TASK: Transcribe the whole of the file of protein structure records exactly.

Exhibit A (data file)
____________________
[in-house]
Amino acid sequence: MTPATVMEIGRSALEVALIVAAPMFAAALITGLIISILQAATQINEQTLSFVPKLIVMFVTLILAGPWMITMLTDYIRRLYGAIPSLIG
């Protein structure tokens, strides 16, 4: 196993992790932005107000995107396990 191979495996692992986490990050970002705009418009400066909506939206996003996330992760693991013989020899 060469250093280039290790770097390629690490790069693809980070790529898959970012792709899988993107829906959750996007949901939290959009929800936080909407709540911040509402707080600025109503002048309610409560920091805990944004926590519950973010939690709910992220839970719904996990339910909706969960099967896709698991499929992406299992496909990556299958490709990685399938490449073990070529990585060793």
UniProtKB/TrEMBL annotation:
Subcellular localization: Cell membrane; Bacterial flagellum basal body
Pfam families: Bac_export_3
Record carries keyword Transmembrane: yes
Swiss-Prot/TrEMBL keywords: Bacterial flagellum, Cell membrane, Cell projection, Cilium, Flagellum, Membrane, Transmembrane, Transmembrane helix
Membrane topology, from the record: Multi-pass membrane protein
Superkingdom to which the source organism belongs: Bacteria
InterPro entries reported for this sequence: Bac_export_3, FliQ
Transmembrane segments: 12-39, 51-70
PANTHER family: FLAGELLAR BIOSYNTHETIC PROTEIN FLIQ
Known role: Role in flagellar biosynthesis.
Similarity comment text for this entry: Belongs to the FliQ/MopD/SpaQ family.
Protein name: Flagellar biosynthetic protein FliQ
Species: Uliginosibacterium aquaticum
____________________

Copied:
[in-house]
Amino acid sequence: MTPATVMEIGRSALEVALIVAAPMFAAALITGLIISILQAATQINEQTLSFVPKLIVMFVTLILAGPWMITMLTDYIRRLYGAIPSLIG
């Protein structure tokens, strides 16, 4: 196993992790932005107000995107396990 191979495996692992986490990050970002705009418009400066909506939206996003996330992760693991013989020899 060469250093280039290790770097390629690490790069693809980070790529898959970012792709899988993107829906959750996007949901939290959009929800936080909407709540911040509402707080600025109503002048309610409560920091805990944004926590519950973010939690709910992220839970719904996990339910909706969960099967896709698991499929992406299992496909990556299958490709990685399938490449073990070529990585060793």
UniProtKB/TrEMBL annotation:
Subcellular localization: Cell membrane; Bacterial flagellum basal body
Pfam families: Bac_export_3
Record carries keyword Transmembrane: yes
Swiss-Prot/TrEMBL keywords: Bacterial flagellum, Cell membrane, Cell projection, Cilium, Flagellum, Membrane, Transmembrane, Transmembrane helix
Membrane topology, from the record: Multi-pass membrane protein
Superkingdom to which the source organism belongs: Bacteria
InterPro entries reported for this sequence: Bac_export_3, FliQ
Transmembrane segments: 12-39, 51-70
PANTHER family: FLAGELLAR BIOSYNTHETIC PROTEIN FLIQ
Known role: Role in flagellar biosynthesis.
Similarity comment text for this entry: Belongs to the FliQ/MopD/SpaQ family.
Protein name: Flagellar biosynthetic protein FliQ
Species: Uliginosibacterium aquaticum